People would come, and they’d need a bed to sleep. Well, you can’t turn somebody away. So you’d get up and give them your bed, and you’d sleep down in the office. For a while there, we were giving our bed away so often, we said, “To hell with it,” you know, and just slept downstairs. If we had some money, we’d give them thirty, thirty-five cents, whatever it was to get a bed in a flop house.

You wonder why the health department didn’t come down on us. We violated practically every health rule in the book. No hot water. Primitive cooking facilities. One toilet for a whole floor. No heat except for open fireplaces and a few kerosene heaters. Most of the time we dressed up to go to bed. No place to take a bath or anything like that.

And the bedbugs! One time it was so bad that we took the beds up on the roof, soaked the mattresses with kerosene, and blow-torched the bed frames and the springs. But they still came back. Peter seemed to be the only one who was immune. Well, finally, somebody complained to the health department. Not because of the health specifically, but they were trying to get rid of the bread line. So the health people came down, and they made us put in a sink where the bread line was because we were handling food without washing our hands or anything. Dorothy asked them why they investigated.

“Well, we got a letter. Somebody was complaining about you.”

“Who was it?” They said it was anonymous.

“Do you answer all anonymous letters?”


And she said, “Well, you might be deluged then.” (laughter) And she brow beat him. But you know, before those people left, they gave us a donation.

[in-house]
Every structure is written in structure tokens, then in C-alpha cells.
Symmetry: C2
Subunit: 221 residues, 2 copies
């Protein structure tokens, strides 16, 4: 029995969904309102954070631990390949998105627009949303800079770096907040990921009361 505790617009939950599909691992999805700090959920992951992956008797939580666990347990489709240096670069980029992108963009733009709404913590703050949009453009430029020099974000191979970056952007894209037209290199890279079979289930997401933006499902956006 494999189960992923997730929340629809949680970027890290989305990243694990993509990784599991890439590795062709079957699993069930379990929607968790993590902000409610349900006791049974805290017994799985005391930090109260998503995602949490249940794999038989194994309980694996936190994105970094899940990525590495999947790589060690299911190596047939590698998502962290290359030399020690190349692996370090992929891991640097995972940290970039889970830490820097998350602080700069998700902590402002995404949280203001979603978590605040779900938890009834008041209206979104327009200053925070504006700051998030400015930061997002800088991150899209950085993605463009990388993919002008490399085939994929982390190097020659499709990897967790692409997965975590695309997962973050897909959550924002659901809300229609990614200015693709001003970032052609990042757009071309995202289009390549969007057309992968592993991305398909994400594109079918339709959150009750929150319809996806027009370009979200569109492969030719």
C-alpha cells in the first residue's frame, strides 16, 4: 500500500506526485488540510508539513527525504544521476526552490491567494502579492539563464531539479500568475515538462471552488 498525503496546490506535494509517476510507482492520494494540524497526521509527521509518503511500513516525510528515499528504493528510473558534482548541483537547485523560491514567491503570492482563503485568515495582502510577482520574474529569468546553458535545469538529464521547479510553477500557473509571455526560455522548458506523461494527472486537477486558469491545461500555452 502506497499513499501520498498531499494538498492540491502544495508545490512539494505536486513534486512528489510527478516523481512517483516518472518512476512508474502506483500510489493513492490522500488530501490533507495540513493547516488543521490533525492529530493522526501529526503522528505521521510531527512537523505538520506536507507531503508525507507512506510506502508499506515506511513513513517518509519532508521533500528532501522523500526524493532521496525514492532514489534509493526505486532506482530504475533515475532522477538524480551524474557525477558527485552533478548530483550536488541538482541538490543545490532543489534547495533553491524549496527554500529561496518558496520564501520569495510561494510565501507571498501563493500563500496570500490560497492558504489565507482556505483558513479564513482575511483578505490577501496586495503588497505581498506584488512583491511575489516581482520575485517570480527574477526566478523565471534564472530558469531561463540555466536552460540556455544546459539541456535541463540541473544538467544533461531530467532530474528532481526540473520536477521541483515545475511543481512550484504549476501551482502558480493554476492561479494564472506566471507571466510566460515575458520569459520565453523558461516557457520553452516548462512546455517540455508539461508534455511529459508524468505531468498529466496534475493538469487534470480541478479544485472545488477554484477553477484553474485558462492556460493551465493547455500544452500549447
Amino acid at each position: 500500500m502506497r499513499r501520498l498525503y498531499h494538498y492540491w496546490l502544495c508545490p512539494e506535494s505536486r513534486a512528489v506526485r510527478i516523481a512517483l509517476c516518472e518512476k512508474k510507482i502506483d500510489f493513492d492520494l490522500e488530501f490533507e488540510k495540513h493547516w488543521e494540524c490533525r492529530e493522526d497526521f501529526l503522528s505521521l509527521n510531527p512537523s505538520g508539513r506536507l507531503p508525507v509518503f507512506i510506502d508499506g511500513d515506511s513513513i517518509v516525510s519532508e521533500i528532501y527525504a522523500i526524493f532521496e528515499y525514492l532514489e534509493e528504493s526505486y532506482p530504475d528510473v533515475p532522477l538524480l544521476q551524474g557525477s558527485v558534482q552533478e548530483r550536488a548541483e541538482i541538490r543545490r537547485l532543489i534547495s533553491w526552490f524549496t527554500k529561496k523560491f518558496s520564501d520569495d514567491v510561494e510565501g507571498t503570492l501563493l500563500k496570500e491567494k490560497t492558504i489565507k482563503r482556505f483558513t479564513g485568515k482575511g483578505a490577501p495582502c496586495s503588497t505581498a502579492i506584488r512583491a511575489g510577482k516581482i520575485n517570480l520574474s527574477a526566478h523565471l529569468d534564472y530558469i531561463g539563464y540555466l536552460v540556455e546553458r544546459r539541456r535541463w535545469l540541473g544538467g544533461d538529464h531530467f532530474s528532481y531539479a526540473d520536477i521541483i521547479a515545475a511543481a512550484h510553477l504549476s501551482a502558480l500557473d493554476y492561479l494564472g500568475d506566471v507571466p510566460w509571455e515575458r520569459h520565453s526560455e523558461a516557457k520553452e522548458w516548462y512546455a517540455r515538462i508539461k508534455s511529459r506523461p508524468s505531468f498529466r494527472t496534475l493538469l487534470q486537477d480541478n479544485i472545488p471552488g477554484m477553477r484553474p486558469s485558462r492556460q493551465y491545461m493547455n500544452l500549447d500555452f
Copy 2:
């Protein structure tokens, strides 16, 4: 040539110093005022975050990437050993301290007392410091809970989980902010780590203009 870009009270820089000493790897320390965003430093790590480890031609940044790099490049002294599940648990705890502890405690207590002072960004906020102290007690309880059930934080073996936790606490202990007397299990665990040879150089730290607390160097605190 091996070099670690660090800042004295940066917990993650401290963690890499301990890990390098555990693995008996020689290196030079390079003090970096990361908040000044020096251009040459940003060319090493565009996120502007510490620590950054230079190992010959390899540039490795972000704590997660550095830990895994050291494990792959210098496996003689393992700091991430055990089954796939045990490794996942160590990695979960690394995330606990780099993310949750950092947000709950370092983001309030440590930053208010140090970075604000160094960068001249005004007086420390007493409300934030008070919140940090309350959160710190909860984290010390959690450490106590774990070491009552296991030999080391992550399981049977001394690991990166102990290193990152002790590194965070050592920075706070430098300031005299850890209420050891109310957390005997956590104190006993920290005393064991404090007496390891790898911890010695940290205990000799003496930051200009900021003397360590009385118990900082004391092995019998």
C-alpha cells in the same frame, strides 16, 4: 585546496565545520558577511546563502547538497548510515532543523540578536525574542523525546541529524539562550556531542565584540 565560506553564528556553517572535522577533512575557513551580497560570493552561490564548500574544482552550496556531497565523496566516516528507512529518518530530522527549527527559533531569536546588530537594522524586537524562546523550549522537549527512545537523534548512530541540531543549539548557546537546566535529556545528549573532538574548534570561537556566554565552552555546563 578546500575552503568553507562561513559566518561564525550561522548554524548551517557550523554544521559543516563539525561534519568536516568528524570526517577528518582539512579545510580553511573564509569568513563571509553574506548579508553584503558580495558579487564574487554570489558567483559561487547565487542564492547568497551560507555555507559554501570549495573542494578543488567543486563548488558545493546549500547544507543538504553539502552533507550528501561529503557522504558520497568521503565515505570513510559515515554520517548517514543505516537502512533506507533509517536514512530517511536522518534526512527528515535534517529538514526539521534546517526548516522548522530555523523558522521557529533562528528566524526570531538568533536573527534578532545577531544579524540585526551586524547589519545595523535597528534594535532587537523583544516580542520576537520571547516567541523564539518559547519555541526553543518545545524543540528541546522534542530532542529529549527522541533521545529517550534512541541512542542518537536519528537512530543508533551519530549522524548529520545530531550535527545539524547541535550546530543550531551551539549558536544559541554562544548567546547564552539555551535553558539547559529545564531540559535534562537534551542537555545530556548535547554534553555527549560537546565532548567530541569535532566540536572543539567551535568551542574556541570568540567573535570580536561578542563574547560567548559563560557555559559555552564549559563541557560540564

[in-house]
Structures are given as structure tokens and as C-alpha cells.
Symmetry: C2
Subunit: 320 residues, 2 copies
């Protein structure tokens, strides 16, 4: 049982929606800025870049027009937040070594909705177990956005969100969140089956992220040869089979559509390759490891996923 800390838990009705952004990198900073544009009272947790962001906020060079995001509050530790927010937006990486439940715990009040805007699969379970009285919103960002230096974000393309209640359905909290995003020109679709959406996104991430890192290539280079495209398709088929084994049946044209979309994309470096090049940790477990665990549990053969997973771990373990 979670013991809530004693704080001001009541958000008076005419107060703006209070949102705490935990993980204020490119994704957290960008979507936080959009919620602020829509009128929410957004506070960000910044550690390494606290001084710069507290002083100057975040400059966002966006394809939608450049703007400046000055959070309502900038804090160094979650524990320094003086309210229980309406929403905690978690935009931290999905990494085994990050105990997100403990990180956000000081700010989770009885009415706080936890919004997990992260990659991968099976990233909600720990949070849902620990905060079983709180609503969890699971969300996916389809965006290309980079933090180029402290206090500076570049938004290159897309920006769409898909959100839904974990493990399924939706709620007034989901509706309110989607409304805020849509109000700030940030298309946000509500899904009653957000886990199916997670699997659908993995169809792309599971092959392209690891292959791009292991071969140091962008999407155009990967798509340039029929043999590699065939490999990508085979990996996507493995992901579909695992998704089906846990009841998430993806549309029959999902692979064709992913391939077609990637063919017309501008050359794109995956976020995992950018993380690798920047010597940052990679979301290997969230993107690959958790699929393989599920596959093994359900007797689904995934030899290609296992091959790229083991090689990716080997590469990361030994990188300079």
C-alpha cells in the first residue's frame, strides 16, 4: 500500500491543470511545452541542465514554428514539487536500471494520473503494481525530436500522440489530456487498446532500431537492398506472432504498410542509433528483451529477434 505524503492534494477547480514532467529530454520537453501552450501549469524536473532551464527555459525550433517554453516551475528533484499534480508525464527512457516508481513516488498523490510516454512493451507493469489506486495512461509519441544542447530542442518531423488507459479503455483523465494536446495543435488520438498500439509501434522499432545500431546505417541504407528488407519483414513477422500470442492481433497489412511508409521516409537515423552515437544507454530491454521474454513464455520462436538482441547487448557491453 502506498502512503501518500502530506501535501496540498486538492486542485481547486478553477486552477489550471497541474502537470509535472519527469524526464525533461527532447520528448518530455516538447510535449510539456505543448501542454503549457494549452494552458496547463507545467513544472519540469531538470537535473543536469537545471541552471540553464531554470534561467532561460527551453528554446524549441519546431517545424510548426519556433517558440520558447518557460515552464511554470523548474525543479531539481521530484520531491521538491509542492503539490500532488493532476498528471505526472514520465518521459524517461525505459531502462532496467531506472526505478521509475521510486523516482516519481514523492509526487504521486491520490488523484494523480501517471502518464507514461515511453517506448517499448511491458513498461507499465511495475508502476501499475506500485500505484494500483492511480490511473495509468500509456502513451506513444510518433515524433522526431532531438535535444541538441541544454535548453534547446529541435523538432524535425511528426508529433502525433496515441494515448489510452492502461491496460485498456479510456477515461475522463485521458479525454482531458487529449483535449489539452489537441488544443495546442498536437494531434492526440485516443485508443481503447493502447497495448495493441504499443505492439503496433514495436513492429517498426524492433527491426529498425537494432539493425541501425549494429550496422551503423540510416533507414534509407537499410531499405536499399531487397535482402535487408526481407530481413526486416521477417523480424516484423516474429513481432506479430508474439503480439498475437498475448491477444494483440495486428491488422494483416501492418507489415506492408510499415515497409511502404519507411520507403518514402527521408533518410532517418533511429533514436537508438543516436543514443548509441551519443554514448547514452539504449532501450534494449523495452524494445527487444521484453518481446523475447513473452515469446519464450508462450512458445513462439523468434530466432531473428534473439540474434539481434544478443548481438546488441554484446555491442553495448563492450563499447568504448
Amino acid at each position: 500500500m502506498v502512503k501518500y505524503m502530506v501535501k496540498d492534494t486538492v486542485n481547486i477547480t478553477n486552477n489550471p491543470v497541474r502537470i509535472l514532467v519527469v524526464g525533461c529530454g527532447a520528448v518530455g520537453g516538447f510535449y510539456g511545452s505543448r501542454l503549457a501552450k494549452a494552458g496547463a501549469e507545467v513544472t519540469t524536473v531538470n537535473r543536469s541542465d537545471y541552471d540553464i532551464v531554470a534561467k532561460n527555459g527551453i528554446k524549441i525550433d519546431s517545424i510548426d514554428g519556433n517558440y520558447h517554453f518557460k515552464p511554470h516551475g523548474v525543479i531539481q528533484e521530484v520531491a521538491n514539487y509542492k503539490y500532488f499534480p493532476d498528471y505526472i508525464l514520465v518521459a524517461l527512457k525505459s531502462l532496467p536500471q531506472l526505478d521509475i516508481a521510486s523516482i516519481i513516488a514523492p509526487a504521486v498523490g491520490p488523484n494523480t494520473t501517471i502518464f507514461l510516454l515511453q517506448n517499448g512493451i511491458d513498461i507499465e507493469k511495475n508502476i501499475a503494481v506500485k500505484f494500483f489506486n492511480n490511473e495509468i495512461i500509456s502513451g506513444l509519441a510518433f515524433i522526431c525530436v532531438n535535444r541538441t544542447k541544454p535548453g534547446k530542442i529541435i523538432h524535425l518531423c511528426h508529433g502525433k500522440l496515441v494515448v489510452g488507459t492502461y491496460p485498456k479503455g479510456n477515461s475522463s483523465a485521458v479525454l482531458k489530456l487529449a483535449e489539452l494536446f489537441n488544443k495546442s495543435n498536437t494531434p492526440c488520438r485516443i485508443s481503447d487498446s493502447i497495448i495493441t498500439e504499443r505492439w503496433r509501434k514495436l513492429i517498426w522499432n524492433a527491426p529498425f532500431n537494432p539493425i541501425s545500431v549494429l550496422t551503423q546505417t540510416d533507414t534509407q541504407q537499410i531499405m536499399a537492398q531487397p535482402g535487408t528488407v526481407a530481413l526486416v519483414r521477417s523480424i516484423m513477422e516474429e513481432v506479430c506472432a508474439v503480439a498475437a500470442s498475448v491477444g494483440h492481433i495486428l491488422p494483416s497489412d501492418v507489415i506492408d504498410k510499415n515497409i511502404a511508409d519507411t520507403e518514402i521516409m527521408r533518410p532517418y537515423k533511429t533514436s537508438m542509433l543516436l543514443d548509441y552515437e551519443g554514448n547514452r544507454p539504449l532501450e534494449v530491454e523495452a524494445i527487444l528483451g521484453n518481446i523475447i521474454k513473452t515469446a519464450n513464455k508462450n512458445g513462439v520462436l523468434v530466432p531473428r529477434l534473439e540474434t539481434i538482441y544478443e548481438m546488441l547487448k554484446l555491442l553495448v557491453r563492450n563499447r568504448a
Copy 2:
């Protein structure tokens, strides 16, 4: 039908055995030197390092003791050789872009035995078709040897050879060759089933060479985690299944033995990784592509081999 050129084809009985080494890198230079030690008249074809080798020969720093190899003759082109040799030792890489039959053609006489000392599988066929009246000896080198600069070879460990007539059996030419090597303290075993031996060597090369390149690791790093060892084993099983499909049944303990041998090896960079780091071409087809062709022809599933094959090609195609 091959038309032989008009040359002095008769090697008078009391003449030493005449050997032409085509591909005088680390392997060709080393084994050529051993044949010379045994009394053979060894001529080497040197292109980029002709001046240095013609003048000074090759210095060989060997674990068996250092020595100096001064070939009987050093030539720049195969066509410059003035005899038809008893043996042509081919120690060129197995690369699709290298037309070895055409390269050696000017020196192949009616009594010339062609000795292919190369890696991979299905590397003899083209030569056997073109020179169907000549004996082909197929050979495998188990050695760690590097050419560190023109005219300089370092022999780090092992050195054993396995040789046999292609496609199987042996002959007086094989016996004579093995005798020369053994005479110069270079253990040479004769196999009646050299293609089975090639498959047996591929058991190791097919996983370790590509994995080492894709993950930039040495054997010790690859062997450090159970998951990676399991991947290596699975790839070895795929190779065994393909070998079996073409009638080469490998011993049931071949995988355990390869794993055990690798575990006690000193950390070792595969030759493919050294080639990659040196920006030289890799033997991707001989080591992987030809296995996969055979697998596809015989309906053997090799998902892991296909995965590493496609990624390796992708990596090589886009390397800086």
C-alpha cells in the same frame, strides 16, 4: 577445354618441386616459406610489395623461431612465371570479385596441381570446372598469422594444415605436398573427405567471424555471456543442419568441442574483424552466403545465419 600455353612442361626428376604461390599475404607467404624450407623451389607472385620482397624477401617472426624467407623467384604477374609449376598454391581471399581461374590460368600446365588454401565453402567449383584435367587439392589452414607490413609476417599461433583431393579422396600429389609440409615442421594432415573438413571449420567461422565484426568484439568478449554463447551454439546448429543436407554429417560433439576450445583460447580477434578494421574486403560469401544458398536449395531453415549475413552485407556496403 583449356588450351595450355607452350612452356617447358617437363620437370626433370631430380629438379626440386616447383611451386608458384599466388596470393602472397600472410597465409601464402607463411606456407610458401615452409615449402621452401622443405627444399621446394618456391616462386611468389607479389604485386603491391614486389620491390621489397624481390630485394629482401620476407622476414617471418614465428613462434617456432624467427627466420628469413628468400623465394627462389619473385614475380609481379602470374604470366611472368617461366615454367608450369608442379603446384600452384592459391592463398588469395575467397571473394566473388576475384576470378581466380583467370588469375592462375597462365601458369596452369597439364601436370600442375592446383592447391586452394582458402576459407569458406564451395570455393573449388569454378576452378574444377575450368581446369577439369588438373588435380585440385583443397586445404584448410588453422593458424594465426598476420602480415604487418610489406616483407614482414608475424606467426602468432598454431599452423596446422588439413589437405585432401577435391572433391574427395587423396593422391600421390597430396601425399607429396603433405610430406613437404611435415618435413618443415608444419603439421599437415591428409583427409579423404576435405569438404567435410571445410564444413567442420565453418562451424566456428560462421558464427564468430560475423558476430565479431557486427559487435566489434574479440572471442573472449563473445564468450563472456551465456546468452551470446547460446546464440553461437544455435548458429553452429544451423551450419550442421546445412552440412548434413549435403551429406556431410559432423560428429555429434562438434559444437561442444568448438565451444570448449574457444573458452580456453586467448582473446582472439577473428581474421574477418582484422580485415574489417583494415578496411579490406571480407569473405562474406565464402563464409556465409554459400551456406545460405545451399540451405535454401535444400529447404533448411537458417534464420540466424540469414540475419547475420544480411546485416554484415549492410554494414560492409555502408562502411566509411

Until his death, Joe called Dorothy “Miss Day,” and he was just crazy about her. He’d always find some flowers for her room when she’d be returning from a trip, and try to do special things to make her life pleasant. The time he spent with Dorothy’s daughter Tamar nurtured a friendship that survives to this day.

I guess we were kind of protective of Miss Day, and didn’t always let her know everything that was going on, especially when she was away. I know I used to write to her: “Even though we’re broke, we’re getting along.” I never really told her of the troubles we had. And they were many. We were constantly on the verge of being closed down because of lack of money. Lots of times I’d go up to George Shuster at the Commonweal, the man who got Peter and Dorothy together, and borrow money from him. But Dorothy didn’t know about all these things. When she came home, we didn’t bother her.

Joe traveled as long as he could, sometimes celebrating May Day anniversaries in New York and recalling the early days at Friday night meetings. For several years he had been in poor health and unable to come to the annual Midwest Catholic Worker retreats, a week end he always relished. After a second severe heart attack in late February, he and his wife left their Tell City home, she to move in with one of their daughters, Mary Jo Burke, and Joe for a nursing home. He died on Tuesday, March 28, surrounded by his family. Services were today at St. Paul Catholic Church in Tell City. Memorial contributions may be made to Hospice Foundation of Louisville or to the Catholic Worker of New York.